Assistant professor presents on nuclear safeguards in energy-deficient Ghana
The lights are out in Ghana.
In the coastal country off the Gulf of Guinea, power cuts are so constant that Ghanaians even have a nickname for it: dumsor, which roughly translates to “on-and-off.” It’s an appropriate moniker for the country’s current electricity rationing schedule. There, the power is only on for 12 hours at a time, then off for another 24.
It’s a harsh reality that Matthew Bernards, an assistant professor in the University of Missouri’s Chemical Engineering Department, said he was “a little bit floored” to learn just a week before he would be traveling to the nation’s capital, Accra, for a conference on nuclear safeguards.
Ghana is just one of many countries in Sub-Saharan Africa currently suffering from a power crisis; their energy capacity just can’t meet the growing demands of the population, leading to extreme power rationing called “load shedding.”
Some of these countries are pursuing nuclear power as a much-needed solution to their energy needs. But before being approved to build nuclear reactors, these countries must first meet the nuclear safeguard requirements of the International Atomic Energy Agency.
That’s where Bernards and others come in.
Bernards is involved with with MU’s Graduate Certificate in Nuclear Safeguards Science and Technology. The four-course sequence is the only nuclear safeguard certificate program offered by a U.S. university.
In late June, Bernards was invited to travel to Accra to give a presentation on the certificate during a one-week professional development course titled “Introduction to Nuclear Security and Safeguards for Sub-Sahara Africa.” The invitation came about through his involvement over the past few years with Argonne National Laboratory through their Safeguards University Engagement Program.
The goal of the course, cosponsored by the Department of Energy, the Department of State and the National Nuclear Security Administration, was for Bernards and other experts to train professionals from Ghana, Nigeria, Kenya and Cameroon on the subject matter so they could turn around and implement them within their own educational programs.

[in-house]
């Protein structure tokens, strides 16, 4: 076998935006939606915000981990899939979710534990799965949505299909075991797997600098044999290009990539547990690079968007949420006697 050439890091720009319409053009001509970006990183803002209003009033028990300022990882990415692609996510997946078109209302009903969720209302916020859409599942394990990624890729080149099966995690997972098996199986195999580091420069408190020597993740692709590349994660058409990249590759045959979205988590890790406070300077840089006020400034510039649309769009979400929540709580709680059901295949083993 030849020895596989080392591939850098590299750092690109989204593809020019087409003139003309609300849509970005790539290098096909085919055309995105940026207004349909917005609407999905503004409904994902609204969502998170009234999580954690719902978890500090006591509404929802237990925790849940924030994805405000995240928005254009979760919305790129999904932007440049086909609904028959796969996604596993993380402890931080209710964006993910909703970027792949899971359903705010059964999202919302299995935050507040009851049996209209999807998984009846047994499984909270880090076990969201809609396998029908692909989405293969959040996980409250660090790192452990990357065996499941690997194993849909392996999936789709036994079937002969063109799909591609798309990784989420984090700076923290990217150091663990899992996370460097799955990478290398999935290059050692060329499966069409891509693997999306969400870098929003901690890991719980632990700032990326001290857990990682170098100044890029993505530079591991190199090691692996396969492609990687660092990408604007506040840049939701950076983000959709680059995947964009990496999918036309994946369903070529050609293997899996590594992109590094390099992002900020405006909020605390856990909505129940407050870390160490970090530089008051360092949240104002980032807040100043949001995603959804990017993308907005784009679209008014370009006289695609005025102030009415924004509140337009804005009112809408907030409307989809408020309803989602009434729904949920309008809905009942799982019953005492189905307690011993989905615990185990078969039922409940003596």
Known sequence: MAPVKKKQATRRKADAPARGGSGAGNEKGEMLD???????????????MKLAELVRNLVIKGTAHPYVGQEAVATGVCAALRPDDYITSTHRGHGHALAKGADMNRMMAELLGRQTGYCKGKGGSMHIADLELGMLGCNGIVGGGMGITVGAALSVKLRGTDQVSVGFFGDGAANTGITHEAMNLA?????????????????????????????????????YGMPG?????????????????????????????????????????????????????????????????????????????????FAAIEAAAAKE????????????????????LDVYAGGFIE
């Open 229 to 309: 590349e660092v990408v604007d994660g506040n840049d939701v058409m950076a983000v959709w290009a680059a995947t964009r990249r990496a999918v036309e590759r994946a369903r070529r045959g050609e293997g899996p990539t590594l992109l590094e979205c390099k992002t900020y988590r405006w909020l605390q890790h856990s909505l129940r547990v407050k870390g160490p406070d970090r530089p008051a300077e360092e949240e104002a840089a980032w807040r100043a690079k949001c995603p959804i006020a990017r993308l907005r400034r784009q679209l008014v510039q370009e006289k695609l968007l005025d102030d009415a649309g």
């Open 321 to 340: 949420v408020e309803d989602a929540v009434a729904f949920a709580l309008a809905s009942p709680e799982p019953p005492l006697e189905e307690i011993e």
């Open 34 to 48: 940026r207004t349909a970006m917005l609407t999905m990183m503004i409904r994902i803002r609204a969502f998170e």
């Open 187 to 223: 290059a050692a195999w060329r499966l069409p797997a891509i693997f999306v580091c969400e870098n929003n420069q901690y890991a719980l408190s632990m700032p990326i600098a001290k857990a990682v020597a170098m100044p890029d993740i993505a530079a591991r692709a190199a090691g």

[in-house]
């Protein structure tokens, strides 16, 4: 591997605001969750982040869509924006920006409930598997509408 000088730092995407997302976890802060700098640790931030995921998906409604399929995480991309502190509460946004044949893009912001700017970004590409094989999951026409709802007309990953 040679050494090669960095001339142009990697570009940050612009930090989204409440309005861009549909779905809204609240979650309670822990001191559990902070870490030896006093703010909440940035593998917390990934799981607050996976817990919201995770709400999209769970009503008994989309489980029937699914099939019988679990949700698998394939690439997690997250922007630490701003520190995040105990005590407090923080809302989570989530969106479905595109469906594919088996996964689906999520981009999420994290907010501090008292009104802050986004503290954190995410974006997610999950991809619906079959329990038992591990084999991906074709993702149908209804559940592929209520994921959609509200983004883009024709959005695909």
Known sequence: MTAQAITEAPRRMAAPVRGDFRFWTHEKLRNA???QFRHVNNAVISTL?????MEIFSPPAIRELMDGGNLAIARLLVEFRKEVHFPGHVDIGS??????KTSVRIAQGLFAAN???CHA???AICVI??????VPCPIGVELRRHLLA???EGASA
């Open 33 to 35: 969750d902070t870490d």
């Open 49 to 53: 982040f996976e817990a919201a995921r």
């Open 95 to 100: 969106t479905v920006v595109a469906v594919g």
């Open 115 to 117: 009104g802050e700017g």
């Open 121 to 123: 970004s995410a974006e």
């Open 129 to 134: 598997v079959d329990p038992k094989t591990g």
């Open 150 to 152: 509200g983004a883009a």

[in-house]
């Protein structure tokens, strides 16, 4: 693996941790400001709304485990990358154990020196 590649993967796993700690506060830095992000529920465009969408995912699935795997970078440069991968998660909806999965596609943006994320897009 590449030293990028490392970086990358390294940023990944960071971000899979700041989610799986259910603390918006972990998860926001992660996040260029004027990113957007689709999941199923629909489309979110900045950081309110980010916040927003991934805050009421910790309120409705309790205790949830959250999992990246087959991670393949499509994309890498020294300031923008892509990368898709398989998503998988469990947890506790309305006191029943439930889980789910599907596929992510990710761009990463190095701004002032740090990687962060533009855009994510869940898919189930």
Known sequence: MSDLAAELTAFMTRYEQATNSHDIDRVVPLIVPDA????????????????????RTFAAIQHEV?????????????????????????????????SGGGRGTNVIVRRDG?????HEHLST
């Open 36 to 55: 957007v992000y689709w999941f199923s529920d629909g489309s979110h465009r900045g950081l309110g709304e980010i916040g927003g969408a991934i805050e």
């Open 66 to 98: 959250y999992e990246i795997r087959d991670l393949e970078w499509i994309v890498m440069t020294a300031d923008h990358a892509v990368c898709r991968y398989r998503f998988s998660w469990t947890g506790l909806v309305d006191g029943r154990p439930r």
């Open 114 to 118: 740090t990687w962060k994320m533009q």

“The popular phrase is ‘training the trainer,’” said Bernards, who was the only U.S. university representative to attend the workshop. All other presenters were affiliated with a national laboratory.
During his presentation, Bernards explained MU’s nuclear safeguard certificate and then led an exercise in identifying ways to introduce safeguards and security topics to undergraduate engineering students.
“The idea of nuclear safeguards is basically the structure that the entire world uses to prevent the spread of nuclear materials that could be used in a nuclear weapon,” Bernards said, “so from that perspective the importance of it is pretty obvious.”
He and others gave their presentations during the first session held on August 3-7. The participants were then divided into small groups and given a topic in nuclear safeguards that they will give their own hour-long academic presentation on during the second session in late October.
To those who attended, the importance of increasing energy capacity was hard to miss; the hotel the conference was held at was not exempt to the power cuts, and a generator was used to power laptops for the PowerPoint presentations.
Bernards spent many nights by the pool after the hotel gates were closed, talking with participants and learning about the unique sets of challenges they faced within their countries.
One Nigerian professor told of how he had continued to teach at his university while it was used to house the military during its war with Boko Haram.
“The differences in capabilities and resources was really interesting,” Bernards said.
Bernards’ trip to Ghana was one of his last treks on behalf of the university. He will be transitioning his work elsewhere within the year.
Of his time spent in Ghana, Bernards said it was an eye-opening and valuable experience. “It helps you realize what we take for granted here in the U.S. The main reason all of these countries are pursuing nuclear power is that they just don’t have the energy they need to meet the growing demands.
“Whereas here in the U.S., you flip the switch and the light’s on all the time.”